Leda and the Swan
Many women are familiar with the strange nagging sensation they had when encountering misogynistic elements--on both diegetic and descriptive levels--from folklore, myths, and legends in their childhood: we could sense something was off, but were unable to articulate exactly what.
In the wake of the recent sex crime scandal known as the 2019 Burning Sun scandal, the problem of sexual objectification of women became a major social issue in South Korea, to which I, as a woman visual artist, respond with Leda and the Swan.
Throughout the history of Western art, numerous male artists depicted the rape of Leda by the god Zeus, who was assuming the form of a swan, where the body of the victim tended to be subject to sexual objectification. As if defying such a tendency, the translucent cast of the artist’s hand(my hand) keeps a tight grip on the swan's neck. Surrounding them are the three spherical forms, each of which has a drawing tattooed by one of the three female tattooists with whom I collaborated. For these, I have shared with them a series of myths where women are unjustly punished for being sexually violated, among which the tattooists were asked to choose and reinterpret in the form of tattoo design.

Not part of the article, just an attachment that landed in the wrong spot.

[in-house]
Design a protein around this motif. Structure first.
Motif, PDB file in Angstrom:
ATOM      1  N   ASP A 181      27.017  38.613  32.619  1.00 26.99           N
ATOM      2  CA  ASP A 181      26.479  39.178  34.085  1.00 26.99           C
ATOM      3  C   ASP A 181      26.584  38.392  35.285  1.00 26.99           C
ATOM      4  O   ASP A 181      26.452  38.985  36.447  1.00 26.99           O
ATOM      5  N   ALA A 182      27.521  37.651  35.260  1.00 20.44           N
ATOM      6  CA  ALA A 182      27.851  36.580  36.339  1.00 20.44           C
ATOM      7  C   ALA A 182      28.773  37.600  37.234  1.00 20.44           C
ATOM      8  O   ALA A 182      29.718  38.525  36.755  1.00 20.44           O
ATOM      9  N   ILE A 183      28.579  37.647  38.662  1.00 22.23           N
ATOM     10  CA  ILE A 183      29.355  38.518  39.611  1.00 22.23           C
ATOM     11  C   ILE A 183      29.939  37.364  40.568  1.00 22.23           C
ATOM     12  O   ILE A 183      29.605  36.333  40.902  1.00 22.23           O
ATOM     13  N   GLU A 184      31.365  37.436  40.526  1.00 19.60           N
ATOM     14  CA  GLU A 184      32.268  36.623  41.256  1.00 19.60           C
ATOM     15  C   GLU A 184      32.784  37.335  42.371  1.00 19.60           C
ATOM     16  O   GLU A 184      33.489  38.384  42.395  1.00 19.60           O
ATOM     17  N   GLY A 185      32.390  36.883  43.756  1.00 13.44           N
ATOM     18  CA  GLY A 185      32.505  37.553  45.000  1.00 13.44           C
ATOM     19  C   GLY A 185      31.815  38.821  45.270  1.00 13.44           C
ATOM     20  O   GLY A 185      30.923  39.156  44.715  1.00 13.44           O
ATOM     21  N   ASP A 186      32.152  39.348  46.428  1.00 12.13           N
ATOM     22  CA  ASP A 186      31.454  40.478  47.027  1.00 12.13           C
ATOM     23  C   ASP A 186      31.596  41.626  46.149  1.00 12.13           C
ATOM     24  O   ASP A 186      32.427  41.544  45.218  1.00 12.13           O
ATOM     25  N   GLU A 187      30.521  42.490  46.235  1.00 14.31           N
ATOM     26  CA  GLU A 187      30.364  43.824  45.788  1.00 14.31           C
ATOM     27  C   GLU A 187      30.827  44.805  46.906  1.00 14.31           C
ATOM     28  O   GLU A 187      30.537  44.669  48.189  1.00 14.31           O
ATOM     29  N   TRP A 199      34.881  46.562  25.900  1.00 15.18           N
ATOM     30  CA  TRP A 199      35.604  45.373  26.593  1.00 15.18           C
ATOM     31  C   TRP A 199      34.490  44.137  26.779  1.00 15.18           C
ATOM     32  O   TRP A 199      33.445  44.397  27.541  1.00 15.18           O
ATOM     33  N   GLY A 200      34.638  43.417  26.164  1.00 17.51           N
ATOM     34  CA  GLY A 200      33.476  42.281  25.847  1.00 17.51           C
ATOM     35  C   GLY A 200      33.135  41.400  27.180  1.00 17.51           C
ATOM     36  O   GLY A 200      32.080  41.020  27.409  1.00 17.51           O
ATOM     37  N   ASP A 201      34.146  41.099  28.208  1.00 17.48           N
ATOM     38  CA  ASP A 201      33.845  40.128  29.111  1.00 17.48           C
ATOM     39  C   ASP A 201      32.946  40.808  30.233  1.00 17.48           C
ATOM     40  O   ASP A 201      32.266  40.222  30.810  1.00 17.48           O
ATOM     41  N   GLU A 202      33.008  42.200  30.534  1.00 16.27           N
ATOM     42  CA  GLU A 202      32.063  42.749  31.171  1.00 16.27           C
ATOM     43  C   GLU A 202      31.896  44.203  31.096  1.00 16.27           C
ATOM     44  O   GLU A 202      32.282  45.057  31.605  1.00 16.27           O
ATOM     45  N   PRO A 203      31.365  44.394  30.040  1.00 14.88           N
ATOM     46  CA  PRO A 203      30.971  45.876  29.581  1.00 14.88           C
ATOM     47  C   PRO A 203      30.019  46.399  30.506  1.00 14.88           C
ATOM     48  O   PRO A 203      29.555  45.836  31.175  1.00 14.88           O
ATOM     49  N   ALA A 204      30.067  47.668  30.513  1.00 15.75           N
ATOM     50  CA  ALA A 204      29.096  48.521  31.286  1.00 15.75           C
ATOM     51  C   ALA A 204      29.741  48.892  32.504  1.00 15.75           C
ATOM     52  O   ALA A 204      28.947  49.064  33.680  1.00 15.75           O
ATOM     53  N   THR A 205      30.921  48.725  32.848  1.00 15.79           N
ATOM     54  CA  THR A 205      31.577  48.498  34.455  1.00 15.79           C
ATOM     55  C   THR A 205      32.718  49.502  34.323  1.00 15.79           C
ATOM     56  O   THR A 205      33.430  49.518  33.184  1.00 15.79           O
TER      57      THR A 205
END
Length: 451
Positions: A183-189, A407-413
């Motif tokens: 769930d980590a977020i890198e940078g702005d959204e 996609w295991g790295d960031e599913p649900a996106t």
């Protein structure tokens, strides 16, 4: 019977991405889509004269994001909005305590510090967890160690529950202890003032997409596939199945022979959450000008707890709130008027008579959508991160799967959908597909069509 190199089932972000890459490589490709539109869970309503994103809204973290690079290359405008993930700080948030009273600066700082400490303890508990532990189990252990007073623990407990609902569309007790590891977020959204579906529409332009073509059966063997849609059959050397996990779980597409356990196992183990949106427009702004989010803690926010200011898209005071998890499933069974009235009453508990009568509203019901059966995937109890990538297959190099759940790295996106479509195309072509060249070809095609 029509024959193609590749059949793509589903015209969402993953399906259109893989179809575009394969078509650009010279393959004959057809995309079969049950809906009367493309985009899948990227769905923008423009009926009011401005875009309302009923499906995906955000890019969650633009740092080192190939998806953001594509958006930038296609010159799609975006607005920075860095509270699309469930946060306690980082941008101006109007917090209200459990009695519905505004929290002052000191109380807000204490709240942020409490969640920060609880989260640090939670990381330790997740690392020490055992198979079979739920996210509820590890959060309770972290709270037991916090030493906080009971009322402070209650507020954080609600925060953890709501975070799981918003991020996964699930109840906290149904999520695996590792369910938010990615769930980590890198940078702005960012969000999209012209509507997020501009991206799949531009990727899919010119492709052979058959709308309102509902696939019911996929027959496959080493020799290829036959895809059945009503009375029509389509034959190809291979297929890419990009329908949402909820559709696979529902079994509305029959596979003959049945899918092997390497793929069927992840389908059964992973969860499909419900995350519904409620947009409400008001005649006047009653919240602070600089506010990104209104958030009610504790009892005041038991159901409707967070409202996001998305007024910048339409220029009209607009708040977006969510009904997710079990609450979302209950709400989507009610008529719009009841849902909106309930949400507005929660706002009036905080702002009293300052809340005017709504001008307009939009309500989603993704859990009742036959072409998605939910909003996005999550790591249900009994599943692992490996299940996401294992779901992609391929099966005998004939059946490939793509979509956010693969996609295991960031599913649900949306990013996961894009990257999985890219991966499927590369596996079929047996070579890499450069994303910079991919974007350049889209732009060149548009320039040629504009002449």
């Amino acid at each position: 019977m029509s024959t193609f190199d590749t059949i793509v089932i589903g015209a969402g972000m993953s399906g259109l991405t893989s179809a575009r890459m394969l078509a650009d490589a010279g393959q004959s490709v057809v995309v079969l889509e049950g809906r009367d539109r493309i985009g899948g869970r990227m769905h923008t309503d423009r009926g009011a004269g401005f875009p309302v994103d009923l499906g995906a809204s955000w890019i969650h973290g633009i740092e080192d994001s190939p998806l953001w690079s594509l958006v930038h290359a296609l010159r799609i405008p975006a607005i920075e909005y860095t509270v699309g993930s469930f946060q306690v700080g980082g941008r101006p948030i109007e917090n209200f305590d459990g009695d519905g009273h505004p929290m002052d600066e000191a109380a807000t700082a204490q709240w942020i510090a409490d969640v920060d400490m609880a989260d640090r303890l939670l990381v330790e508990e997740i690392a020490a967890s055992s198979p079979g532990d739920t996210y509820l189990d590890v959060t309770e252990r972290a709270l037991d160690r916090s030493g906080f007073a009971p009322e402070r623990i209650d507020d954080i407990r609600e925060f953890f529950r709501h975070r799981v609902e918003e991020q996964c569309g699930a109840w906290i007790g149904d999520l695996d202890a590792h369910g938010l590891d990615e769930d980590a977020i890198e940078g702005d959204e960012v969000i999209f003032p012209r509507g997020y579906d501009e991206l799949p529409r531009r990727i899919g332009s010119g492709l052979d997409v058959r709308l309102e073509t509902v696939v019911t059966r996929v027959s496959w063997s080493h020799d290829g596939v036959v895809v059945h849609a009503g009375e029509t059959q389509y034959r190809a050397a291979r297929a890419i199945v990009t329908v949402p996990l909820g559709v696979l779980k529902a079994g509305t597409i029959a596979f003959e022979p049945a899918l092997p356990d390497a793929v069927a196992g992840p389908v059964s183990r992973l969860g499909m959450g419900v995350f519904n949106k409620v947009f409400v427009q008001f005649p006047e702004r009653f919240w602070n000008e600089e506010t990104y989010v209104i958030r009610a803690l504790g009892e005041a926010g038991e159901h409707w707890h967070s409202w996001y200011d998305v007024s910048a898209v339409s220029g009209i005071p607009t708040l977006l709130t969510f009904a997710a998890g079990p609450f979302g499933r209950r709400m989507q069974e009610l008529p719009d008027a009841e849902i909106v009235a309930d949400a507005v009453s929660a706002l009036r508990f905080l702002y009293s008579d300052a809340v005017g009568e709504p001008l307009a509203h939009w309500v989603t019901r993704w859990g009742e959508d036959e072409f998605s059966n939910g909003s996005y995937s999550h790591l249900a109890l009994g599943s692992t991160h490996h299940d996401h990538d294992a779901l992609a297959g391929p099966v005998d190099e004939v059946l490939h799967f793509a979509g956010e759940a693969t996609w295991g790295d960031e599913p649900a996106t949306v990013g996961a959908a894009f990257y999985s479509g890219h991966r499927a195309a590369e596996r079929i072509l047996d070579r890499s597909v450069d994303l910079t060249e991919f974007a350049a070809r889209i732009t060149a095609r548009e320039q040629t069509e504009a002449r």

Yoon, Jiyoung “Artist’s letter” In Night Turns to Day Haeju Kim and Ahreum Woo eds., Colin Mouat trans. Art and Writings et. al. South Korea: Art Sonje Center 2019.